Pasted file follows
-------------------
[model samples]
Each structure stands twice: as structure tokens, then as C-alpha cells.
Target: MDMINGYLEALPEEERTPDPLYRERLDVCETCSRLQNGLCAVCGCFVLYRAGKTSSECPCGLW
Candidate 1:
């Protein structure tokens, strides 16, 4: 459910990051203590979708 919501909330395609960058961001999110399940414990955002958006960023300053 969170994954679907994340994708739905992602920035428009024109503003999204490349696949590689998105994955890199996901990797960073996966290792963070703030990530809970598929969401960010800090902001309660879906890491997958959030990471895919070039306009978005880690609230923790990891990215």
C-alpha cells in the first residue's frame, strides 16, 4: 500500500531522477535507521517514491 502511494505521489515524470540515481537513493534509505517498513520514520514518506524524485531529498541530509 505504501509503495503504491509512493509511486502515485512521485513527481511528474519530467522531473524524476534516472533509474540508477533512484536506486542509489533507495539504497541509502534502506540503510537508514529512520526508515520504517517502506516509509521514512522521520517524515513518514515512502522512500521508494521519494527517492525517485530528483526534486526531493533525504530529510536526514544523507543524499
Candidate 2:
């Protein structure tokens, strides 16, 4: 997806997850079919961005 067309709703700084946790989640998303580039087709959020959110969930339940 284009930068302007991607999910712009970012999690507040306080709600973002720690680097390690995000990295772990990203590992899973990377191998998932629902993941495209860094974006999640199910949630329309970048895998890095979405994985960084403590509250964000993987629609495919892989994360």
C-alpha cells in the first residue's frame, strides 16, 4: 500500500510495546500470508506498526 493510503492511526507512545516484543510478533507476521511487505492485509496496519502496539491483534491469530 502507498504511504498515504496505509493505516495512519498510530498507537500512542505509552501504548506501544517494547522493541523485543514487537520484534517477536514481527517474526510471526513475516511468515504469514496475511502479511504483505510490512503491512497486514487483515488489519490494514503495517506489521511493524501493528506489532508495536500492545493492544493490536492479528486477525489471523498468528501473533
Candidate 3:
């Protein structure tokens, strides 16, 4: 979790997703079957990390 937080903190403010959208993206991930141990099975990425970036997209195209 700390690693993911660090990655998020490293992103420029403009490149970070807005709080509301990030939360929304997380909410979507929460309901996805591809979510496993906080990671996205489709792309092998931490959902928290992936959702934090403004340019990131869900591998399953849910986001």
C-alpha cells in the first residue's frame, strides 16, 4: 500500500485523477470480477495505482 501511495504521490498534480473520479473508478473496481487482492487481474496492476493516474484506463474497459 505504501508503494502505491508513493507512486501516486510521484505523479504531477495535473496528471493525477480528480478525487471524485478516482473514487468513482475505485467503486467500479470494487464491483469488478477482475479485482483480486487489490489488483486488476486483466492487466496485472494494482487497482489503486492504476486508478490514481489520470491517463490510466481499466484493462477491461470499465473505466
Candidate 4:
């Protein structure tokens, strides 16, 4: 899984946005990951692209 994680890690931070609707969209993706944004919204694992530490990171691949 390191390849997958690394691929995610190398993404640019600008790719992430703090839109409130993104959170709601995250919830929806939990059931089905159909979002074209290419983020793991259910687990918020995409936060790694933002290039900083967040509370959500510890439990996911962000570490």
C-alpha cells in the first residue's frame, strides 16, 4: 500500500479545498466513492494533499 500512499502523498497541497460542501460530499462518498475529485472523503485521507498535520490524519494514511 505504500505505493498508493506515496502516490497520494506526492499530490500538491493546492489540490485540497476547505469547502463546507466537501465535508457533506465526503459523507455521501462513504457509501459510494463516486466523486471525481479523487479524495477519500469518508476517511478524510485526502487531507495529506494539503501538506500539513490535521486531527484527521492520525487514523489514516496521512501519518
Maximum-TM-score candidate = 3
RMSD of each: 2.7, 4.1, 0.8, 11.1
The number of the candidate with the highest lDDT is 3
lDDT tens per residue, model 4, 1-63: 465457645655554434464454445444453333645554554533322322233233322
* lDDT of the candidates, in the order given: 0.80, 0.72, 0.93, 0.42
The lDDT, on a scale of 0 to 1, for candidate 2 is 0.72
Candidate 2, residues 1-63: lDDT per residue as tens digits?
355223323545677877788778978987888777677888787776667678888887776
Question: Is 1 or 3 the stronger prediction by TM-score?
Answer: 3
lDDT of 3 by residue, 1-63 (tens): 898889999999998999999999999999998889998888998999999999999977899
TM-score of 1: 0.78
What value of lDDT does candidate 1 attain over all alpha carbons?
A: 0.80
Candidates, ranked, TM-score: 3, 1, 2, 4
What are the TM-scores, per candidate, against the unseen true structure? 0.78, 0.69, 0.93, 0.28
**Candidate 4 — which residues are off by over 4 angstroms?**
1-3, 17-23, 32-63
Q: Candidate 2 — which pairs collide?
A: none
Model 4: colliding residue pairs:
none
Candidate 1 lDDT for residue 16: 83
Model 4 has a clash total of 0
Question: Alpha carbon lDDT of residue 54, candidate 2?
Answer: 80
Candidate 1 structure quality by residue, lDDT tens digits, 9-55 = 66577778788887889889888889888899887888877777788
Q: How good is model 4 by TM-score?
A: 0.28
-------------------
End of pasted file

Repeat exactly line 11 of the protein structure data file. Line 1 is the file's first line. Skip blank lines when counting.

């Protein structure tokens, strides 16, 4: 979790997703079957990390 937080903190403010959208993206991930141990099975990425970036997209195209 700390690693993911660090990655998020490293992103420029403009490149970070807005709080509301990030939360929304997380909410979507929460309901996805591809979510496993906080990671996205489709792309092998931490959902928290992936959702934090403004340019990131869900591998399953849910986001």